Racial disparities in hypertension control, but not treatment intensification

Craig A. Umscheid, Robert Gross, Mark G. Weiner, Christopher S. Hollenbeak, Simon S.K. Tang, Barbara J. Turner

Research output: Contribution to journalArticle

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Abstract

Background Racial disparities in hypertension control are well documented, yet the contribution of providers to these disparities remains unclear. The objective of this study was to examine whether provider management of uncontrolled hypertension differed by patient race. Methods In a retrospective cohort of 16,881 hypertensive adults in six academic primary care practices from 1/2004 to 12/2006, we evaluated hypertension control in black vs. white patients according to expert guidelines and, among those with uncontrolled hypertension, whether antihypertensive drugs were intensified by providers. Generalized estimating equations accounted for clustering and adjusted sequentially and additively for patient, provider, and practice characteristics, as well as health-care utilization and antihypertensive medication potency. Results Black patients' visits (55.5% of 132,730 visits) had a higher unadjusted odds (1.63, 95% confidence interval (CI) 1.57-1.69) of uncontrolled hypertension than white patients' visits; the fully adjusted odds ratio remained significant (1.40, CI 1.33-1.48, P <0.001). Among 66,327 visits with uncontrolled hypertension, no intensification of antihypertensive drugs was less likely for blacks' visits before adjustment (0.80, CI 0.76-0.83, P <0.001) but moderated in the fully adjusted model (adjusted odds ratio 0.93, CI 0.87-0.99, P <0.05) compared with whites' visits. Accounting for provider race, intensification was more likely at black patients' visits compared with white patients' visits. Conclusions In our study, black patients had poorer hypertension control, and providers were more likely to intensify antihypertensive drugs at visits of black compared with white patients as appropriate. These data suggest that more research is needed to understand racial disparities in hypertension control.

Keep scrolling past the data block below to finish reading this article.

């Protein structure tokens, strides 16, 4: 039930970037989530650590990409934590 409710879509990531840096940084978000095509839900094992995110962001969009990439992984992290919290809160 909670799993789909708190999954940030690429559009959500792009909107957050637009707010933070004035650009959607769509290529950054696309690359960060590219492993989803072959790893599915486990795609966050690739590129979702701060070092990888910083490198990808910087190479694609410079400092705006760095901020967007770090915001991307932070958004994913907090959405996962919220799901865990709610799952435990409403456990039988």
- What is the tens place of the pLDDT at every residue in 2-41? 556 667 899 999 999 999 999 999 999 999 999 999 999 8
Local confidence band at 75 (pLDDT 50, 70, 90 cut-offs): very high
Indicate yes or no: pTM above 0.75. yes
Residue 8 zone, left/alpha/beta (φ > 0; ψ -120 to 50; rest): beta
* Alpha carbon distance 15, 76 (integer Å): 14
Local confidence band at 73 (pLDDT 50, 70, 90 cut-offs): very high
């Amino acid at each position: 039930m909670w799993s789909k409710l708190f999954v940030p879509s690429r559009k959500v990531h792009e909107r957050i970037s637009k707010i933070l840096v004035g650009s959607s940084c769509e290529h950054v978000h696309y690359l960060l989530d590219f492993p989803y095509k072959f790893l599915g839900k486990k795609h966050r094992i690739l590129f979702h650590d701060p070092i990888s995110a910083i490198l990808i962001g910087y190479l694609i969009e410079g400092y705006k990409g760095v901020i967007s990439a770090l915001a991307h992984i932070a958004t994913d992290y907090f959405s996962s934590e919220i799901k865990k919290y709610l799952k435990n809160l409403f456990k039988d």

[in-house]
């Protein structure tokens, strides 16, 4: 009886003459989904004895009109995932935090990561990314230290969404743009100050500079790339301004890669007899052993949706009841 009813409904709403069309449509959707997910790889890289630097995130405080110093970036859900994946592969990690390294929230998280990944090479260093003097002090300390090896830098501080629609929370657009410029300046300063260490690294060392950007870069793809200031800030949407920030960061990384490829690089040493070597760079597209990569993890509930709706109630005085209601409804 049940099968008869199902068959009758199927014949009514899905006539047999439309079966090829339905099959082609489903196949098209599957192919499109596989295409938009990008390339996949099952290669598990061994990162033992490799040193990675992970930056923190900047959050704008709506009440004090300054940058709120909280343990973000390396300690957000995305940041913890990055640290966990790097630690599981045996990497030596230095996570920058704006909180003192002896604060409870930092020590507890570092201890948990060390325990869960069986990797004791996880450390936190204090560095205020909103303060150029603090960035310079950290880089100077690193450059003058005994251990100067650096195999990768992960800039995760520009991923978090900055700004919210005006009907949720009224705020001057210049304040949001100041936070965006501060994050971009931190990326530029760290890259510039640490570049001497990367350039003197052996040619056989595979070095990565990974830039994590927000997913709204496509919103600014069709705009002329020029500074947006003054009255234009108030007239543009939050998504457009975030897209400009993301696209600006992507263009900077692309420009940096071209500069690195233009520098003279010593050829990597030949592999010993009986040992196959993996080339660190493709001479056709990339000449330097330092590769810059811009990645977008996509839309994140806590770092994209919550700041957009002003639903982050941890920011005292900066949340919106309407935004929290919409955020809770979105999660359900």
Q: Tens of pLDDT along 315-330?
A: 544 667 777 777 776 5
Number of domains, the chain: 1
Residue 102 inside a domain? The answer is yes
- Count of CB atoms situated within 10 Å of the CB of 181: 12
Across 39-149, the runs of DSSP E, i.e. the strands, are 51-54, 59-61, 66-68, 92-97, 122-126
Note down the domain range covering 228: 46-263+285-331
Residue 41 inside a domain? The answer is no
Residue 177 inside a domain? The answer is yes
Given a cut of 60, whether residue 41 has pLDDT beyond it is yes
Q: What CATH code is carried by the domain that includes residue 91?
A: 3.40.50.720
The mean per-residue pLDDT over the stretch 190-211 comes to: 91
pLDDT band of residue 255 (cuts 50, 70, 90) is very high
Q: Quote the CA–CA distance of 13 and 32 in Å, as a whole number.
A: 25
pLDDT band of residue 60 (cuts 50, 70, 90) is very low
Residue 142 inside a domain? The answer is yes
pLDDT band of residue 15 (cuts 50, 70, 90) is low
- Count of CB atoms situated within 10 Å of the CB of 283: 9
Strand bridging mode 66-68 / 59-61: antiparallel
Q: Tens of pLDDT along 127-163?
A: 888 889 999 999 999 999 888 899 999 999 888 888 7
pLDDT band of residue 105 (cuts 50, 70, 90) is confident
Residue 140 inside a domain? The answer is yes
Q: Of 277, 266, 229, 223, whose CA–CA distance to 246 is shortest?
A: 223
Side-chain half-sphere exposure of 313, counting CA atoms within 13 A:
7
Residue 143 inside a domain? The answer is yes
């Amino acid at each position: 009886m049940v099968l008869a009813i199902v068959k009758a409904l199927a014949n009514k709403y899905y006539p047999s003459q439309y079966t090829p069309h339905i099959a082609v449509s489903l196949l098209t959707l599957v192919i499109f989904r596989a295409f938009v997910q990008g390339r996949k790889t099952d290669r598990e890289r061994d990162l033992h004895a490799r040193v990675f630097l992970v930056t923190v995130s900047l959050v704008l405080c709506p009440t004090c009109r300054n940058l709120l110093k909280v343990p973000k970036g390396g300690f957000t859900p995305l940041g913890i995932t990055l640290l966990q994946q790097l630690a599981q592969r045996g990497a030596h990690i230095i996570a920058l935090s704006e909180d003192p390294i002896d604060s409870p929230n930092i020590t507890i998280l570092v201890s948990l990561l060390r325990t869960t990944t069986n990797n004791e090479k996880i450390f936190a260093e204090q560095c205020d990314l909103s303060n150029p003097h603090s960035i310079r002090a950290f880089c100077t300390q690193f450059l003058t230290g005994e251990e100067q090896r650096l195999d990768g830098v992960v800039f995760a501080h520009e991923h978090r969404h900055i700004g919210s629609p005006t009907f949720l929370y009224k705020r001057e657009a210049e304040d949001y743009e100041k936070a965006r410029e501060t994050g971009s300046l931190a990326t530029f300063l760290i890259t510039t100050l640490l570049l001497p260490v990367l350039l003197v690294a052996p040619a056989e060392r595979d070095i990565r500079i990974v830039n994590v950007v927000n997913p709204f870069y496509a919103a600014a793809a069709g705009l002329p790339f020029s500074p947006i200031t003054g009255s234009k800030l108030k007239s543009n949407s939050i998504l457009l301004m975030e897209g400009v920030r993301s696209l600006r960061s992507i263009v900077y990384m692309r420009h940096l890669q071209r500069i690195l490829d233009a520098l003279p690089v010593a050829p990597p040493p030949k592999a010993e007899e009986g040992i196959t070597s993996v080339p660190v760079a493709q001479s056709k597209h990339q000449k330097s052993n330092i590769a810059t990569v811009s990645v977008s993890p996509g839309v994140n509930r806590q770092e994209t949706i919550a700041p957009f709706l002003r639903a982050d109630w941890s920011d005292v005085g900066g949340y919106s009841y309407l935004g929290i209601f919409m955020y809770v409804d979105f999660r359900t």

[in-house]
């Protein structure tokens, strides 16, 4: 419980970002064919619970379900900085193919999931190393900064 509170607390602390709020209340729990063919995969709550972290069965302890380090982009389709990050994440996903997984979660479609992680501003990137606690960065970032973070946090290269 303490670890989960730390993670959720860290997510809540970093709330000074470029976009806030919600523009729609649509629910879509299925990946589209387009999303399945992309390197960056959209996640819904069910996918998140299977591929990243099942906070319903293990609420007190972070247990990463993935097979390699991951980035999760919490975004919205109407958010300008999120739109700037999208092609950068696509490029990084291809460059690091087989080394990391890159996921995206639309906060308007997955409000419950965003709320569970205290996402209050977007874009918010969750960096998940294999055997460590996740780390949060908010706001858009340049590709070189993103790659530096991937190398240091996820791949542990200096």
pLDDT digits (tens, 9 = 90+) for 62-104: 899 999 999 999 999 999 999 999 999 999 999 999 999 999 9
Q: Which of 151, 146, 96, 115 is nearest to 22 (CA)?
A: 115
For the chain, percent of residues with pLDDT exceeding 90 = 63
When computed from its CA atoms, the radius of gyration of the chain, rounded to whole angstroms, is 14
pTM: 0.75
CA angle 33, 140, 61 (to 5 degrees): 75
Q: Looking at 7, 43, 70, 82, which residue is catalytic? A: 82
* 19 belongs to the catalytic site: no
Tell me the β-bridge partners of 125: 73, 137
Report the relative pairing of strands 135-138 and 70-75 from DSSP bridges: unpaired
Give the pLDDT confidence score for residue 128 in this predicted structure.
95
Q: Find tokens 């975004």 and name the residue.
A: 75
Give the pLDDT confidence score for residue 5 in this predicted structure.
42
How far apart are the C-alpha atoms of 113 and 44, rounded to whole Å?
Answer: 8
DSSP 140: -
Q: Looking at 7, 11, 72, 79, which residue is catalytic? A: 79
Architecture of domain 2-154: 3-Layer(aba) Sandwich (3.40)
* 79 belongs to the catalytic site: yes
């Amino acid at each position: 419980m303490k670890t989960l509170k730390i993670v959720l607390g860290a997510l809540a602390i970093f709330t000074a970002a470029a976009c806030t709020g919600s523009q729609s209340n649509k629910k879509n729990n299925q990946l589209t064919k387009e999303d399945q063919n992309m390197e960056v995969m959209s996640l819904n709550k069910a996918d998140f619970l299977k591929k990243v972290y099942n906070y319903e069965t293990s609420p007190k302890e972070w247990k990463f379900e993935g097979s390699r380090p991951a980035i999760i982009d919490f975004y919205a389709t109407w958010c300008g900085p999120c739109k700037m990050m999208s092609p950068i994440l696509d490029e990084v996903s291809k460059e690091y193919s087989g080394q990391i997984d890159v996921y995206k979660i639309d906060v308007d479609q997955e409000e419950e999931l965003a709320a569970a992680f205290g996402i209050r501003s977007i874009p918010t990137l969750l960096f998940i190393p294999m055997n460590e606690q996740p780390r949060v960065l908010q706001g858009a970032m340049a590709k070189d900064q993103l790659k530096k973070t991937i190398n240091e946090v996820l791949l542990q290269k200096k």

Original languageEnglish (US)
Pages (from-to)54-61
Number of pages8
JournalAmerican journal of hypertension
Volume23
Issue number1
DOIs
StatePublished - Jan 1 2010

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Hypertension
Antihypertensive Agents
Confidence Intervals
Therapeutics
Odds Ratio
Patient Acceptance of Health Care
Cluster Analysis
Primary Health Care
Guidelines
Research

All Science Journal Classification (ASJC) codes

  • Internal Medicine

Cite this

Umscheid, Craig A. ; Gross, Robert ; Weiner, Mark G. ; Hollenbeak, Christopher S. ; Tang, Simon S.K. ; Turner, Barbara J. / Racial disparities in hypertension control, but not treatment intensification. In: American journal of hypertension. 2010 ; Vol. 23, No. 1. pp. 54-61.
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abstract = "Background Racial disparities in hypertension control are well documented, yet the contribution of providers to these disparities remains unclear. The objective of this study was to examine whether provider management of uncontrolled hypertension differed by patient race. Methods In a retrospective cohort of 16,881 hypertensive adults in six academic primary care practices from 1/2004 to 12/2006, we evaluated hypertension control in black vs. white patients according to expert guidelines and, among those with uncontrolled hypertension, whether antihypertensive drugs were intensified by providers. Generalized estimating equations accounted for clustering and adjusted sequentially and additively for patient, provider, and practice characteristics, as well as health-care utilization and antihypertensive medication potency. Results Black patients' visits (55.5{\%} of 132,730 visits) had a higher unadjusted odds (1.63, 95{\%} confidence interval (CI) 1.57-1.69) of uncontrolled hypertension than white patients' visits; the fully adjusted odds ratio remained significant (1.40, CI 1.33-1.48, P <0.001). Among 66,327 visits with uncontrolled hypertension, no intensification of antihypertensive drugs was less likely for blacks' visits before adjustment (0.80, CI 0.76-0.83, P <0.001) but moderated in the fully adjusted model (adjusted odds ratio 0.93, CI 0.87-0.99, P <0.05) compared with whites' visits. Accounting for provider race, intensification was more likely at black patients' visits compared with white patients' visits. Conclusions In our study, black patients had poorer hypertension control, and providers were more likely to intensify antihypertensive drugs at visits of black compared with white patients as appropriate. These data suggest that more research is needed to understand racial disparities in hypertension control.",